Chapter # 5 Paragraph # 2 Study # 6
May 23, 2006
:The distinctiveness of the free-gift.
:In our last study we attempted to follow Paul's thinking as he set about to enable us to understand the distinctiveness of the "grace" gift. We saw that the "offence" of Adam was countered by the "grace" of God. This means that God acted
on our behalf. Perhaps the greatest problem we have at the closing of the "Age of Grace" is in not seeing "grace" as "actual divine action on our behalf". We tend to view it as a "divine attitude" of significant tolerance so that we do not have to be overly concerned about "sinning". But it was never presented to produce that particular notion. The "problem" we have is not "ultimately" having to pay for our sins
so that the "solution" we get is a divine attitude in which our sins are no big deal. This is, indeed, a huge "problem", but it is not the "ultimate problem". The "ultimate problem" we have is "sinning". Even if we never have to "ultimately pay for them", our sins still cost us. That may sound like a contradiction in terms, but the fact is that the Bible never
teaches that a person can sin with impunity. It does
teach that Justice will never have to be satisfied by the one who sins, yet trusts in Christ. But it does not
teach that sin produces the same benefit as righteousness does. Though there is no imposition of active penalty upon the sinner who trusts in Christ as a matter of "Justice", there is a significant loss of benefit that occurs by every sin that a believer commits. There is no reward for sin; there is only loss.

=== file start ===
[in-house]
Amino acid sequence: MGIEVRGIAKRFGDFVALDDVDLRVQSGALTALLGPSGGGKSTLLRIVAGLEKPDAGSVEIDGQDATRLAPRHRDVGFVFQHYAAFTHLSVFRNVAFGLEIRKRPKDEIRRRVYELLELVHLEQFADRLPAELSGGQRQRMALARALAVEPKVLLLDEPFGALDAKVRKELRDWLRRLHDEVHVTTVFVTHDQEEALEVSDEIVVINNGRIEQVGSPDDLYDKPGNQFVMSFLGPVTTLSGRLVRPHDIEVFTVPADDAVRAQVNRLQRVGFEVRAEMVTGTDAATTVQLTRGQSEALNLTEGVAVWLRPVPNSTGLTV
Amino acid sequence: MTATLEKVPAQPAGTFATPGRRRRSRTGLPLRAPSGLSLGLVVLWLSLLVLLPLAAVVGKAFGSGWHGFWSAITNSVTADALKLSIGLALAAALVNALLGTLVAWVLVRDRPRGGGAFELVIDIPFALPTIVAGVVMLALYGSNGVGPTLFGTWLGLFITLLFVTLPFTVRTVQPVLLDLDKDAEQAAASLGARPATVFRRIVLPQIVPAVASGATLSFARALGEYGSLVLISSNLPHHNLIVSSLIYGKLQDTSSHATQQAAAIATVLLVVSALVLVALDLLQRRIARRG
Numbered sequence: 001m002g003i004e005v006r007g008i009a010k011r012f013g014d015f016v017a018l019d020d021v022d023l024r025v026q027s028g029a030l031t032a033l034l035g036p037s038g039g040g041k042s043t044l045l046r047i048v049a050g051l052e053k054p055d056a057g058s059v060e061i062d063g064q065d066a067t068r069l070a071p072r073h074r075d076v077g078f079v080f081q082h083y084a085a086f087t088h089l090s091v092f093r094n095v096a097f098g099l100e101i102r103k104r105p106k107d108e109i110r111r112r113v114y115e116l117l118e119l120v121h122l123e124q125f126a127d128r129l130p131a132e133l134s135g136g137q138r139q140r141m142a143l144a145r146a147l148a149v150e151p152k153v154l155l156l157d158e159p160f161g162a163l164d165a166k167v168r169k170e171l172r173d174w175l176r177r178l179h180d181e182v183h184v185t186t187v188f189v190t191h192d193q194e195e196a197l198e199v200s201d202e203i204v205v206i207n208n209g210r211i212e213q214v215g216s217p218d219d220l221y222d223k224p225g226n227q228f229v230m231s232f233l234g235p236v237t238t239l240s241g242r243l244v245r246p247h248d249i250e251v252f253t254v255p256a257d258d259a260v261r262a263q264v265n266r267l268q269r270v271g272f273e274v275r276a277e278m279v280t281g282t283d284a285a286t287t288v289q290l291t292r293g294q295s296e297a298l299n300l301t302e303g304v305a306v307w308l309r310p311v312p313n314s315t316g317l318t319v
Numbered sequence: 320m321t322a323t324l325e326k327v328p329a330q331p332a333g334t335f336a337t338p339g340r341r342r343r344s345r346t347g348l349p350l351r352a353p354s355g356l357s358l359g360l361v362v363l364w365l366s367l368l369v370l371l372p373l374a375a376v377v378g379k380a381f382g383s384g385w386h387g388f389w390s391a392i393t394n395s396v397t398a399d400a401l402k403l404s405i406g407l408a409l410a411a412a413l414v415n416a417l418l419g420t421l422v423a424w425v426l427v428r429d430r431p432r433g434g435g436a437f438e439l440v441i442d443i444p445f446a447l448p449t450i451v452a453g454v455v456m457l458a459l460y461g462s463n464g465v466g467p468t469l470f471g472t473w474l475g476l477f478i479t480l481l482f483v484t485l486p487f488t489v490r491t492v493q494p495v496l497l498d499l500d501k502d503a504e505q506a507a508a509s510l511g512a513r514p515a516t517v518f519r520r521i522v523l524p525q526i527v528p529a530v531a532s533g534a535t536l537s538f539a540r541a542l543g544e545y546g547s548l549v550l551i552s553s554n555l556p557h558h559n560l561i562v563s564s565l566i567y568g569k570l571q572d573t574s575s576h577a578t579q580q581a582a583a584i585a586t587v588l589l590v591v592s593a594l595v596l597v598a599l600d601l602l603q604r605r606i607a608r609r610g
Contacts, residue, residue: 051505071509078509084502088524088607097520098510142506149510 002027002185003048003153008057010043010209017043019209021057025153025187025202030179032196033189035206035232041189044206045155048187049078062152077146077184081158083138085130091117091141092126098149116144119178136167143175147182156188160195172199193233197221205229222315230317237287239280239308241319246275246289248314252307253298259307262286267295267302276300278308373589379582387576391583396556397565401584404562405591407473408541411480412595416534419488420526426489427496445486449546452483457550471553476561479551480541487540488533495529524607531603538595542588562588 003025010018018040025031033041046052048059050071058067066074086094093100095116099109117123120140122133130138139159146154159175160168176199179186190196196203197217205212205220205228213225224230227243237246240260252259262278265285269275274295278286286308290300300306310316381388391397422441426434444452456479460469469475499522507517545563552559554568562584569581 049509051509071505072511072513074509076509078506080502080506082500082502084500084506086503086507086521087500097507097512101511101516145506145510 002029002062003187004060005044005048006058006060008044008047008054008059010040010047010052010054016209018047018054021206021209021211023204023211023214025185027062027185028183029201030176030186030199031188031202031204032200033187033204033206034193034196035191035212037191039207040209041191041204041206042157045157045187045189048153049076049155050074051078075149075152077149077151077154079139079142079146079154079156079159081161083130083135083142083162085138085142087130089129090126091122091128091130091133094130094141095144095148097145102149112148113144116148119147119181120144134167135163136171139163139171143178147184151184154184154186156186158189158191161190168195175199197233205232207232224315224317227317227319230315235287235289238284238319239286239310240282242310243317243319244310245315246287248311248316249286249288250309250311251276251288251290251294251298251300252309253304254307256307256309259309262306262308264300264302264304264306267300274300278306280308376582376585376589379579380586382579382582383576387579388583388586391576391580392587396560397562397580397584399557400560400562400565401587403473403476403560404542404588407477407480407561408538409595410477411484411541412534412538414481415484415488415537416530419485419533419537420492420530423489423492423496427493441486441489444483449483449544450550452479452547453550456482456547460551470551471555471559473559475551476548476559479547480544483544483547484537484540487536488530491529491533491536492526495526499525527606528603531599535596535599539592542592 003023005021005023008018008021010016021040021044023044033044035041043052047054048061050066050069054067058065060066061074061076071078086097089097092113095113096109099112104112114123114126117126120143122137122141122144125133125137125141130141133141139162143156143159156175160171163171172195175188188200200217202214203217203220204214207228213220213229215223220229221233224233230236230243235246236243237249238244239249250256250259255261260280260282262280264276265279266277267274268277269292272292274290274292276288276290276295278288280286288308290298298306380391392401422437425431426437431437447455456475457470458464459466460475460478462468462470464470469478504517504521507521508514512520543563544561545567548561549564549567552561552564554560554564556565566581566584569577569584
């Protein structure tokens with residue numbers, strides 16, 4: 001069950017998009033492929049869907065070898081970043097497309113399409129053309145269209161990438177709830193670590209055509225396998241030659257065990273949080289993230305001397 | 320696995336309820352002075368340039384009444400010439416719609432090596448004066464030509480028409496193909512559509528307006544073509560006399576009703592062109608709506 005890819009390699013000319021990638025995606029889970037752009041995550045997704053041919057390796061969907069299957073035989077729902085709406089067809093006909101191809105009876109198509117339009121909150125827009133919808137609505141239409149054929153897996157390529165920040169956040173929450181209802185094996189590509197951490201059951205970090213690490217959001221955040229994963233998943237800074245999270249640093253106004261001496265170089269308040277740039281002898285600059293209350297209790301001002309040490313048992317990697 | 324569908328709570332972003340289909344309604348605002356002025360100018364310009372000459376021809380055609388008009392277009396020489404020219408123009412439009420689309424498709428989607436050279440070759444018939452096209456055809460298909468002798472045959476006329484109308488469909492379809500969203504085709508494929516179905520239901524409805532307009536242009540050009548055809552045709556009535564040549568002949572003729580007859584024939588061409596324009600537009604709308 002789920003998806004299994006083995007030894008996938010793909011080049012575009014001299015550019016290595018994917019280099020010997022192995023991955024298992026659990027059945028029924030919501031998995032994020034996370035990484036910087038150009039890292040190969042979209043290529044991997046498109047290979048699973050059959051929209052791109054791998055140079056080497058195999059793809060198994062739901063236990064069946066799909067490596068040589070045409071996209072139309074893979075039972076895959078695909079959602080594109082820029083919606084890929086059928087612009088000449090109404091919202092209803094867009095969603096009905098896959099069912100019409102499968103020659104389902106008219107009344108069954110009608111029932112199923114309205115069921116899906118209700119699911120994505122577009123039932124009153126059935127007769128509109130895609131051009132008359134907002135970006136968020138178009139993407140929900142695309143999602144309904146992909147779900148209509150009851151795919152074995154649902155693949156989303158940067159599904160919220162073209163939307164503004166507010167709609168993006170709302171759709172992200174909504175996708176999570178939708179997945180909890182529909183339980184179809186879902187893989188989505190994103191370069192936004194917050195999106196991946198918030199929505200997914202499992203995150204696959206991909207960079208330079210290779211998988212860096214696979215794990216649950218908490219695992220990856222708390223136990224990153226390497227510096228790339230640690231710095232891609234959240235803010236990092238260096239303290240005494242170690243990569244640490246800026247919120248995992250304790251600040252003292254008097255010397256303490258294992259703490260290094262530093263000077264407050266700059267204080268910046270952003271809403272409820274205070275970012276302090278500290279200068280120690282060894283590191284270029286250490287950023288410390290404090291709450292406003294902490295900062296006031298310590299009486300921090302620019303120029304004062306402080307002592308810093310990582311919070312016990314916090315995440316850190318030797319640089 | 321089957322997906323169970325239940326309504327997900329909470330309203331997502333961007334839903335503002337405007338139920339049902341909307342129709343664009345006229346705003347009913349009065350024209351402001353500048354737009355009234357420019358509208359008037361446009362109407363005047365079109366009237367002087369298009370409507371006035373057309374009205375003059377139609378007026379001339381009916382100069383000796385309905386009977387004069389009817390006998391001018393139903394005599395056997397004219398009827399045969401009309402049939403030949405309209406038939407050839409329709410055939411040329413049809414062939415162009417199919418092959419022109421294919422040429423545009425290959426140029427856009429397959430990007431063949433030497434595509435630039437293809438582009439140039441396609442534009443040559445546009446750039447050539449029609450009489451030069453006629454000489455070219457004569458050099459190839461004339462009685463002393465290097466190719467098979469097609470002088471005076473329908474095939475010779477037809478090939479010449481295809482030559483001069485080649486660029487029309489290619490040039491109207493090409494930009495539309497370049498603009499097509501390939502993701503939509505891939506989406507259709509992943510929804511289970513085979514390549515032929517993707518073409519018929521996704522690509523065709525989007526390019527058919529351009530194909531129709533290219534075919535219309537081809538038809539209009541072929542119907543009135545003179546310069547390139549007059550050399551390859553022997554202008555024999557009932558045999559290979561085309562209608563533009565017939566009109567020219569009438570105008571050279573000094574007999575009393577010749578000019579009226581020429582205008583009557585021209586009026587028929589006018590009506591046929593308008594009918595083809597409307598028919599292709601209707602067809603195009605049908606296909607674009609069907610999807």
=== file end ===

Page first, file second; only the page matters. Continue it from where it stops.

Therefore, our greatest need is to get a handle on how we "stop sinning" and "begin to do righteousness". There will come a day when we no longer have to even think about it. Just as we do not have to "try" to do evil because we have the impact of Adam upon us, there will be a day when we no longer have to "try" to do righteousness because the full impact of Christ upon us will be ours. But, we are not there yet and what we possess when we do get there is directly tied to what the active grace of God produces both in, and through, us in this present time. Thus, it is crucial for us to understand "grace" as far more than a "benign divine tolerance".
So, this evening we are going to move a bit further into Paul's explanation of the "difference" between the "type" and the "Antitype". We have looked at, at least a part of, the "difference" between the "offence" and the "abounding gift" as we looked into 5:15. The point of that verse is that the grace of both the Father and Christ has "abounded" so that "death" is not going to be the end result for those who receive the "abounding gift". Now we are going to turn our attention to the second "difference" between Adam and Christ as it is expressed in 5:16. The point of this verse is that the "abounding gift" is far superior to the impact of Adam's sin.
- I. The Fact of Man's Self-Centered Focus.
- A. Paul's "explanations" have always to deal with what he has already declared about men.
- 1. It would make little sense for Paul to particularly develop a concept of man's sinfulness and then simply ignore it when he moves beyond it.